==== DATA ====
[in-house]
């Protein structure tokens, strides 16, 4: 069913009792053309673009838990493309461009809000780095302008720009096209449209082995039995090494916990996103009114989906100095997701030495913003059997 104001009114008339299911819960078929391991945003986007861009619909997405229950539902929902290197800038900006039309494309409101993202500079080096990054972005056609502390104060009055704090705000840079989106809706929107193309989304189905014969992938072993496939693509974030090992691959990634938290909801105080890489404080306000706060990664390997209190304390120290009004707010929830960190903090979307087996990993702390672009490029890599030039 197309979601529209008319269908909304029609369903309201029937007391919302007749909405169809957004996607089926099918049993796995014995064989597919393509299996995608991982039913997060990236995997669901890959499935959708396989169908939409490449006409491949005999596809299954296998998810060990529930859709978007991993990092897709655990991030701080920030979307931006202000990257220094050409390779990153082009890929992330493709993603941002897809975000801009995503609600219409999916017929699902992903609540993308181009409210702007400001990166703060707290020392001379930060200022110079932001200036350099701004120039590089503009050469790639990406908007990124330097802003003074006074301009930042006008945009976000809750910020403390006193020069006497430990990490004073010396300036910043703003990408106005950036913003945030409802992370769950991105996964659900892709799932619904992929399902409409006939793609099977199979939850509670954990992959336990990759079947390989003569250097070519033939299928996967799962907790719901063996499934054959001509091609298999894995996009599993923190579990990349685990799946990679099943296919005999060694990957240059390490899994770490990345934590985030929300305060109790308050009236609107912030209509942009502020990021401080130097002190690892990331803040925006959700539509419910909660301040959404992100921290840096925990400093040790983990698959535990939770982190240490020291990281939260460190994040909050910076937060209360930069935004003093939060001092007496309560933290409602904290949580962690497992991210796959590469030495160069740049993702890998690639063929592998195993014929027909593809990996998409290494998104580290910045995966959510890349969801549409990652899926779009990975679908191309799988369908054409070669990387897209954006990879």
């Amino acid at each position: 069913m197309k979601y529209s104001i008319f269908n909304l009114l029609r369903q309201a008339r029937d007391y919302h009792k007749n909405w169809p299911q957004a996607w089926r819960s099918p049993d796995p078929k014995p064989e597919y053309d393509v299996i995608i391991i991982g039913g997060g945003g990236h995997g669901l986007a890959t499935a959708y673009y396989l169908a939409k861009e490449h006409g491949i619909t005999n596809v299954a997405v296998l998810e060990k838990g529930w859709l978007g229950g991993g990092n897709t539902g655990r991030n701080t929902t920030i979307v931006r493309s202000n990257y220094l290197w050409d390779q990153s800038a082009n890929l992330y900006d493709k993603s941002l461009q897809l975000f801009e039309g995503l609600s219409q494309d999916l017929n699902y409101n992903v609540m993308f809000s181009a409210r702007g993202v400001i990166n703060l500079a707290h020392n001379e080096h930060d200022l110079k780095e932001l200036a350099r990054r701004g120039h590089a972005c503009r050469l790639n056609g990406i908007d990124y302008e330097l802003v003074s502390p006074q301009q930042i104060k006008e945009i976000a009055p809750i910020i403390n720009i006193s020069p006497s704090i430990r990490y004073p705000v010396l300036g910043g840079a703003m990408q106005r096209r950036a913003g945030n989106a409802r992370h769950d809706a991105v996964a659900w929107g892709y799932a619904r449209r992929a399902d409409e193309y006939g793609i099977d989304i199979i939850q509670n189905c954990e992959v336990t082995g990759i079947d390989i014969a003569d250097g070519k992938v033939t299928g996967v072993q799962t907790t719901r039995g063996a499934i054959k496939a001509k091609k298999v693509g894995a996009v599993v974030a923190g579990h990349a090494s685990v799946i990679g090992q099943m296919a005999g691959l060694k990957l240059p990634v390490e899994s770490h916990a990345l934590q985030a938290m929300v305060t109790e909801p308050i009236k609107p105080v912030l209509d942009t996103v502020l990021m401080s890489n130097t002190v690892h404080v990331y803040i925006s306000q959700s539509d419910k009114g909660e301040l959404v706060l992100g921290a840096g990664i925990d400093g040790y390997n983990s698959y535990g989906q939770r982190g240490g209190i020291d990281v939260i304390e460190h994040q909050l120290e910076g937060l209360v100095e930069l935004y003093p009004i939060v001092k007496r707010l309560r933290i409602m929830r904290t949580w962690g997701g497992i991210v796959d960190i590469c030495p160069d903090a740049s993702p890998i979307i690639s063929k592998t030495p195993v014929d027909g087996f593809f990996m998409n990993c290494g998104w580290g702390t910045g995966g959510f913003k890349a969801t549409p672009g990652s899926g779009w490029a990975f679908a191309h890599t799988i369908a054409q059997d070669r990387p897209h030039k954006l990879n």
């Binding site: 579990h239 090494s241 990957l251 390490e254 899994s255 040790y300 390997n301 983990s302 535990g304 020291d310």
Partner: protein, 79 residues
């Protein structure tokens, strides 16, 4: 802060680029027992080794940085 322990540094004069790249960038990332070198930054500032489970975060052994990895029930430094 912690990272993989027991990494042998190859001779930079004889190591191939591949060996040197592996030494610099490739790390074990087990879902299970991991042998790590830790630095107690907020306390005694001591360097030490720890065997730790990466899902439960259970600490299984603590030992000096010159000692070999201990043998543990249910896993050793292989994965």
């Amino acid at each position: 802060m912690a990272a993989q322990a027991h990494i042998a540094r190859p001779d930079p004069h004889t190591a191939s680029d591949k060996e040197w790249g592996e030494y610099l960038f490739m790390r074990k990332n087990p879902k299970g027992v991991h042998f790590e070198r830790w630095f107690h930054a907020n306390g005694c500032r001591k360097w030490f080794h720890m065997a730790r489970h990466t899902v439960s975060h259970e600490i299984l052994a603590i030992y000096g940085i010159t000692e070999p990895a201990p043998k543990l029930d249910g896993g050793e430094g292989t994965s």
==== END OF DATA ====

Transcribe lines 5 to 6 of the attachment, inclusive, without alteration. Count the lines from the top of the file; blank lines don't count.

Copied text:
Partner: protein, 79 residues
């Protein structure tokens, strides 16, 4: 802060680029027992080794940085 322990540094004069790249960038990332070198930054500032489970975060052994990895029930430094 912690990272993989027991990494042998190859001779930079004889190591191939591949060996040197592996030494610099490739790390074990087990879902299970991991042998790590830790630095107690907020306390005694001591360097030490720890065997730790990466899902439960259970600490299984603590030992000096010159000692070999201990043998543990249910896993050793292989994965």